A serious case review (SCR) into a care home in which five people died has made more than 30 recommendations in an attempt to avoid a repeat of the “institutionalised abuse”.
The SCR was launched by West Sussex Adult Safeguarding Board in the wake of an inquest into events at the Orchid View care home in Copthorne.
Family members of those killed as a result of the abuse have now called for a public inquiry to be held into what has been dubbed “Britain’s worst care home”.
One of the principal recommendations made by the SCR was that care home firms must prove that they are able to recruit and sustain a workforce with the appropriate skills and training.
This criteria would have to be proved to the Care Quality Commission (CQC) watchdog.
Another idea put forward is that a named point of contact within the care homes should be given to relatives of residents, with the option to safeguarding concerns being taken outside the facility if not dealt with satisfactorily.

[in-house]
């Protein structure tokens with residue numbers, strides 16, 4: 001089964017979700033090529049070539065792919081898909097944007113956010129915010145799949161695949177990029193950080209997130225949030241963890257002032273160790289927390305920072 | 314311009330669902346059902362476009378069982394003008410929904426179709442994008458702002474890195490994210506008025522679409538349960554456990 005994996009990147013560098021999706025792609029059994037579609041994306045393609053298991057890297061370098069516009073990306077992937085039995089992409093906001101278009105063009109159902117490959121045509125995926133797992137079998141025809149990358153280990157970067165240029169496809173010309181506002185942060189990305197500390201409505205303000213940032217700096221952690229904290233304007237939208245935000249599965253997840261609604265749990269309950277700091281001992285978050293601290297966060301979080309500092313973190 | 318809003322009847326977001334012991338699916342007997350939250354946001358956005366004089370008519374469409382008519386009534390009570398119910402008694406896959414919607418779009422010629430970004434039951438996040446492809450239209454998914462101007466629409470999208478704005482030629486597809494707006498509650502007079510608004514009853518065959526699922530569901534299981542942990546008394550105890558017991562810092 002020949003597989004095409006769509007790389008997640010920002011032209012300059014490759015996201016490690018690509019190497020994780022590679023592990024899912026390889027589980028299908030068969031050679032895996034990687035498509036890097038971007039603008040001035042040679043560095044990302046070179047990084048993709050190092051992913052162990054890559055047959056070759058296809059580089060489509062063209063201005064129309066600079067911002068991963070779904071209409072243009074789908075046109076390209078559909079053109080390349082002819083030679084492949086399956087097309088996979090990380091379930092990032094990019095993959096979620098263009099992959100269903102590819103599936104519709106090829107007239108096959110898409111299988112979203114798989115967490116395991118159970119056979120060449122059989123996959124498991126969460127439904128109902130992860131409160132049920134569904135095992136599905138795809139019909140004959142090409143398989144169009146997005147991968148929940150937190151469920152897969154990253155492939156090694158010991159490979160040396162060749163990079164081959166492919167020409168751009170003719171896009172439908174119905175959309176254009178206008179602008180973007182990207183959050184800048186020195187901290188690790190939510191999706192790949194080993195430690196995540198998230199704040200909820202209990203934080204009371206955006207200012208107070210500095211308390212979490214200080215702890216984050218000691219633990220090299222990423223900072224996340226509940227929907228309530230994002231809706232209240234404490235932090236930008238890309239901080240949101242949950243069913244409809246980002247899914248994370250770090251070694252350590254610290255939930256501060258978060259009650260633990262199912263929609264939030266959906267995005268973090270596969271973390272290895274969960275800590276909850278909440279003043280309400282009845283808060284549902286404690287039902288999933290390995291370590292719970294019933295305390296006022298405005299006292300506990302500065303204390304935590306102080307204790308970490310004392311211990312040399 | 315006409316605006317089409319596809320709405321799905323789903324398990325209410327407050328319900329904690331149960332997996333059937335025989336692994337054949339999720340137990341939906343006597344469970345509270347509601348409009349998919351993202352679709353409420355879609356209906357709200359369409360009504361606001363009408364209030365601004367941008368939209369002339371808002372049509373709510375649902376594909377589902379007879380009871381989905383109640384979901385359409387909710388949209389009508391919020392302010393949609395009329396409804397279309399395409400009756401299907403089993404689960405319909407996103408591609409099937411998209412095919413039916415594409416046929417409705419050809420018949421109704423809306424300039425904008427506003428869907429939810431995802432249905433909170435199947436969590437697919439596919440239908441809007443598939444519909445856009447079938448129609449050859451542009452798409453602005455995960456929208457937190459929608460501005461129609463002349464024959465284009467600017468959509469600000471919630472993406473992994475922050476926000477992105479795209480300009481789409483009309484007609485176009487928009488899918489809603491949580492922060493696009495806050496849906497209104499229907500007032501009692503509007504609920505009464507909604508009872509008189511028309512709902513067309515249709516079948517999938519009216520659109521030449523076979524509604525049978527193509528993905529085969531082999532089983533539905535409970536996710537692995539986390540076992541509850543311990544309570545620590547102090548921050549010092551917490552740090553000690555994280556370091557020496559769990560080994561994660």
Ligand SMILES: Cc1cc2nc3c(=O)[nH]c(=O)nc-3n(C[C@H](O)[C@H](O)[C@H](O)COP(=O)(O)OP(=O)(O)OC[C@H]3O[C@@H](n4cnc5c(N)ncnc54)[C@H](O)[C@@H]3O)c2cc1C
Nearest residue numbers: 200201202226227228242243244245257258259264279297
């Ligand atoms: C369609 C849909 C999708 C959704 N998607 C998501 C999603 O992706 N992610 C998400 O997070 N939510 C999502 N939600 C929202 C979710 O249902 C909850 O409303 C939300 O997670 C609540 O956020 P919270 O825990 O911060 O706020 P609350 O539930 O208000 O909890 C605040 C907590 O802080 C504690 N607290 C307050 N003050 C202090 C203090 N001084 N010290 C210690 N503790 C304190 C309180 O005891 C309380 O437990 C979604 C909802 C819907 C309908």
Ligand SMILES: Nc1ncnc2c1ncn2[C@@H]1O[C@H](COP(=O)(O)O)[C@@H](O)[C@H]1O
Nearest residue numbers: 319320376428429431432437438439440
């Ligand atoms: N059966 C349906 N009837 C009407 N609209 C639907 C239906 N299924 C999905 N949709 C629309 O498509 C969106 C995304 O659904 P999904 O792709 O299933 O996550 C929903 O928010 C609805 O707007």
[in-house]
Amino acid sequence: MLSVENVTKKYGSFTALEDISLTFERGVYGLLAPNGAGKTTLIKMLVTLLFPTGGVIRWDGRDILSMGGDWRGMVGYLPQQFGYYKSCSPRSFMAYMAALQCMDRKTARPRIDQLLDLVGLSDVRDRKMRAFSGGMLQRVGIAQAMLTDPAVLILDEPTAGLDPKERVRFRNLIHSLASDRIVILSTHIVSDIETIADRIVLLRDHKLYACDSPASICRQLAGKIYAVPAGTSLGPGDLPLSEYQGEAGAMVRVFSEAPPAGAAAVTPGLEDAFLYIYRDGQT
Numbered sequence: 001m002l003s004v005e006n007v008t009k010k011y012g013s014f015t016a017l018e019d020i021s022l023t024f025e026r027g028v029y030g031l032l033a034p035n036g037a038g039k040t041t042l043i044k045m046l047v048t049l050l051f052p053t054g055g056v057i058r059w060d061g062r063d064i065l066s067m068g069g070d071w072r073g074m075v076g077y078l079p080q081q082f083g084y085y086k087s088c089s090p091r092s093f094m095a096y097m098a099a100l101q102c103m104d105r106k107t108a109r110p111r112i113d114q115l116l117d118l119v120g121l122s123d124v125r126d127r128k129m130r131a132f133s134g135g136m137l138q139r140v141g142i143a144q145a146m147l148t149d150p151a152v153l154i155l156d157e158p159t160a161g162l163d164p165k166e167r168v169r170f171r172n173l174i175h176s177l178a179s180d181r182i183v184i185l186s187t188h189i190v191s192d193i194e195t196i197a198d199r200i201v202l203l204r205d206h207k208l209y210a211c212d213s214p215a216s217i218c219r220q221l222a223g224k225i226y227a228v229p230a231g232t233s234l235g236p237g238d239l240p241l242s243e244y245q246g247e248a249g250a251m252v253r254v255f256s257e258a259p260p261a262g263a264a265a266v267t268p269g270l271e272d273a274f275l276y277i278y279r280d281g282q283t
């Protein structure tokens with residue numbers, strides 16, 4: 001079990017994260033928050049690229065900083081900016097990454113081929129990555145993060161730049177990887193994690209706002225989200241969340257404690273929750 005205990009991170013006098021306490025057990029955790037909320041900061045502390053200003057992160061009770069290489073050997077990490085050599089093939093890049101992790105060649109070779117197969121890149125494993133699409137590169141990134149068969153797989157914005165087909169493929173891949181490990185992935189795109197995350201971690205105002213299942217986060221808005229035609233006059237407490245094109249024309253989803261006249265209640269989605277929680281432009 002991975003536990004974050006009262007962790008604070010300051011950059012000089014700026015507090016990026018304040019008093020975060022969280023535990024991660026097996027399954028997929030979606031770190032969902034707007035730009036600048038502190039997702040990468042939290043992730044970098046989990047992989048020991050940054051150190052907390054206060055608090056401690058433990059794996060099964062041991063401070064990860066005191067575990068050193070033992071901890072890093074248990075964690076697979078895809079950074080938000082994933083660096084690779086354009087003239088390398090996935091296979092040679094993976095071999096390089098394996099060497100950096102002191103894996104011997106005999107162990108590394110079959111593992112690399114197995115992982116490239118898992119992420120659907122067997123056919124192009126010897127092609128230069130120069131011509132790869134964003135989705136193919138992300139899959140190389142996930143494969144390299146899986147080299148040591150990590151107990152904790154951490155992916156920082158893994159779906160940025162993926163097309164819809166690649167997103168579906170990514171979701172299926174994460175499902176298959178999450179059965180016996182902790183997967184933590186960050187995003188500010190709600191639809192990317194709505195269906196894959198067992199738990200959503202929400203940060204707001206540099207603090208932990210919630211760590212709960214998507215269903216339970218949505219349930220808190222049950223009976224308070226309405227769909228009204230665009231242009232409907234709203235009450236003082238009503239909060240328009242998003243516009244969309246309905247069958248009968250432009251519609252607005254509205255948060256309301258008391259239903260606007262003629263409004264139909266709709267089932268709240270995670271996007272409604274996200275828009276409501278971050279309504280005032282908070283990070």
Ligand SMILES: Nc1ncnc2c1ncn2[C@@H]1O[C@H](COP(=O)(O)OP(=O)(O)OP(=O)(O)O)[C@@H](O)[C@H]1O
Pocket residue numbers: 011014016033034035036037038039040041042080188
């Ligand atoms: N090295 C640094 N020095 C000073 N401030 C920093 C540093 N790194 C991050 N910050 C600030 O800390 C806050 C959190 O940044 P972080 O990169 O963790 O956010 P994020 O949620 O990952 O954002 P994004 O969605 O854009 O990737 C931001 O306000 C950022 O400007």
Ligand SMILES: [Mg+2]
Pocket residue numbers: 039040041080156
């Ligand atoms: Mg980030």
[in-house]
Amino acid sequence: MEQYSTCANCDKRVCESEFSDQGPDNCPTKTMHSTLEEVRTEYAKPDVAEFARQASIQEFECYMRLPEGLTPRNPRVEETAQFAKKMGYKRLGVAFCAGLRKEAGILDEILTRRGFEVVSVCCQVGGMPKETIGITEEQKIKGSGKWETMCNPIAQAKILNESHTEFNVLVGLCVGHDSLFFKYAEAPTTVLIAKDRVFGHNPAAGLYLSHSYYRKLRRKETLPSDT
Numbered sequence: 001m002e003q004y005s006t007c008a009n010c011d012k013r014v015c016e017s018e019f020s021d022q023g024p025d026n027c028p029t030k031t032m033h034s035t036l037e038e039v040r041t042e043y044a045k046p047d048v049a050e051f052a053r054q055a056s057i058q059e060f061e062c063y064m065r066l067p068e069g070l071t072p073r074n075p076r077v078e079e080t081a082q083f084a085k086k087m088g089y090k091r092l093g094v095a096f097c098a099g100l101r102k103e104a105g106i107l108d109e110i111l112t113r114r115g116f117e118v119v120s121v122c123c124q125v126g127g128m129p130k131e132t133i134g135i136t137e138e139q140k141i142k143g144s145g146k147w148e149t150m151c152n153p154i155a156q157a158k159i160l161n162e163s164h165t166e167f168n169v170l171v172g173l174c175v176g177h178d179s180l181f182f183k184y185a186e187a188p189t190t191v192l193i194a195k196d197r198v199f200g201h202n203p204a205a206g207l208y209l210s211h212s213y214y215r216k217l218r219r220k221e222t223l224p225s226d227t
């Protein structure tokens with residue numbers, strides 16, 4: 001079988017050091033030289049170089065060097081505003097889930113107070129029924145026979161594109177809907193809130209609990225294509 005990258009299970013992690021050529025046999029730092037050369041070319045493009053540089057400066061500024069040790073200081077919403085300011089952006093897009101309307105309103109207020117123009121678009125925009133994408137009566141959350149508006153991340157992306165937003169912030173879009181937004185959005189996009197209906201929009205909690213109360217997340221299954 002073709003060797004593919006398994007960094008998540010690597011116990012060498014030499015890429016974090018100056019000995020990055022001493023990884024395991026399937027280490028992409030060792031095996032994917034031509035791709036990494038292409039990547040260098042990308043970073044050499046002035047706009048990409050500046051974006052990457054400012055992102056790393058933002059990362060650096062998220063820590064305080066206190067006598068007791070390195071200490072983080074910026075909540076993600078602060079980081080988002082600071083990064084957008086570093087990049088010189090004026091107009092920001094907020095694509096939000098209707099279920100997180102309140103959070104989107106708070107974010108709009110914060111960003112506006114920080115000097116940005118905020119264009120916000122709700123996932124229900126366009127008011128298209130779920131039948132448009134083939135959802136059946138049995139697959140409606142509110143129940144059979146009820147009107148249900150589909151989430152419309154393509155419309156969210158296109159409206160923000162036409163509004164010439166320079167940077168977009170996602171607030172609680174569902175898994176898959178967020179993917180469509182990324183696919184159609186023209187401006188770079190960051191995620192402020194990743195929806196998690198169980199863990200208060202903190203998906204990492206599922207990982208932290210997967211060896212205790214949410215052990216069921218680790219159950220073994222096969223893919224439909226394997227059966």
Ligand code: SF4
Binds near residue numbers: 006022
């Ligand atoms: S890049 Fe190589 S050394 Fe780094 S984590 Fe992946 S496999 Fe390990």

Open meetings between care home bosses and residents and their families were suggested as another way to improve accountability, the report said. The local council should be represented at the meeting with minutes shared among all the stakeholders.
CQC inspections which examine the standards at care homes would also interact with residents and their relatives in another recommendation put forward by the SCR.
During the inquest, West Sussex coroner Penelope Schofield said that the home was subject to failings such as not having enough staff, unreliable medication management, poor nutrition and hydration, and not enough respect for the dignity of residents.
In a scathing assessment of Orchid View, Ms Schofield told the inquest at West Sussex County Hall North in Horsham that the home contained “institutionalised abuse” which had been going on for some time and which no-one had made any attempt to stop.
The inquest had also heard that Orchid View was “an accident waiting to happen” as call bells could not be reached by some residents or others faces long waits when they were able to pull theirs.
Duty of care
Care homes obviously have a duty of care to protect both their workers and residents.
If you’ve been the victim of negligence then Accident Advice Helpline can help you claim.
Source: Community Care
Date Published: June 11, 2014
Author: David Brown